Wednesday, December 23, 2009

Forgetting Jesus?

Many polemics have been written about the North American evangelical church. Some center on theology, others on practice, but many assume that what evangelicals think or do is gospel centered. Michael Horton, in his new book, Christless Christianity: The Alternative Gospel of the American Church (Baker), challenges readers to consider whether or not churches are preaching Christ, or something else. “I think that the church in America today is so obsessed with being practical, relevant, helpful, successful and perhaps even well-liked that it nearly mirrors the world itself,” Horton writes. “Judging by its commercial, political and media success, the evangelical movement seems to be booming. But is it still Christian?”

Horton believes many churches cater to society by offering a Gospel that is easy to accept, while preaching and teaching “good advice” not “good news.” He sifts through popular Christian writers and teachers, most notably Joel Osteen, Joyce Meyer, Robert Schuller, Brian McLaren, Dan Kimball and Mark Oestreicher, to reveal a reluctance to communicate the offensiveness of the gospel. According to Horton: “Today it is less about measuring ourselves against God’s holy will than about helping make good people better through good advice.”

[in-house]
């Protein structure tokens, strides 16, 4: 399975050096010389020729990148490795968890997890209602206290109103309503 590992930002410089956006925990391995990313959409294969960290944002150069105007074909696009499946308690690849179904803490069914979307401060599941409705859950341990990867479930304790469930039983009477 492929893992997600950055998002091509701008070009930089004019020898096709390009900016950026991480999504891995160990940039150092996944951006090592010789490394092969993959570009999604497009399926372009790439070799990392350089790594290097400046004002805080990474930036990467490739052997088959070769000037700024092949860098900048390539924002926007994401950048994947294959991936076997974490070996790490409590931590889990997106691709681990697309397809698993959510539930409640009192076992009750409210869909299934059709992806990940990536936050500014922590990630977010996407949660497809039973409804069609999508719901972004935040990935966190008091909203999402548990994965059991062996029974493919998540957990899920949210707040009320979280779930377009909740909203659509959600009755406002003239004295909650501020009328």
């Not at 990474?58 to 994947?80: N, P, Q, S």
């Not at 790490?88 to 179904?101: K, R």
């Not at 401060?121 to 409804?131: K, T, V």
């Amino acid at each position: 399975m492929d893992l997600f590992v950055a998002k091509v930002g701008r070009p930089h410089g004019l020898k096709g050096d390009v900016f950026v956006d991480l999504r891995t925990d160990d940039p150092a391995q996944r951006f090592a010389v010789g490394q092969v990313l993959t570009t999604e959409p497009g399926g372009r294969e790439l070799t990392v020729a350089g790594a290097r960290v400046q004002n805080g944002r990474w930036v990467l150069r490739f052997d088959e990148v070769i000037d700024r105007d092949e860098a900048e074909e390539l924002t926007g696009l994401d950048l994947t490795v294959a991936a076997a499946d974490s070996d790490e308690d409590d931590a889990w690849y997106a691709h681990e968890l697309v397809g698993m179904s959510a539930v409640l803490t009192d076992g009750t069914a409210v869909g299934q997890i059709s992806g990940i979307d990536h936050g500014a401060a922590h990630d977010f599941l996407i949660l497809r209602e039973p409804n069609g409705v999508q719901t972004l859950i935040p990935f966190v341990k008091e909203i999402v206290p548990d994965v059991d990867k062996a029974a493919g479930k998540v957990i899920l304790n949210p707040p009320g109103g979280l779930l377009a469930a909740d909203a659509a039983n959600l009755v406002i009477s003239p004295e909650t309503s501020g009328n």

Horton reveals that the moralistic, therapeutic, deistic worldview, discovered by sociologist Christian Smith is really the worldview of most Christian adults. Not everyone will agree with Horton’s arguments, but they certainly are worth considering. Has the church stopped preaching Christ and Him crucified? Are we leaving out central elements of the faith, especially when teaching the young? Horton’s diagnosis is compelling and seems more accurate than not, but it isn’t all bad news. He also reminds us of the Good News and suggests ways to put the church back on track.

1 comment:

Dana Ray said...

Thanks for posting a review of "Christless Christianity"! A lot of things in my life changed in this book's wake after reading it last January. I'm looking forward to reading his follow up book "The Gospel Driven Life", which contains some proposed answers to his many questions.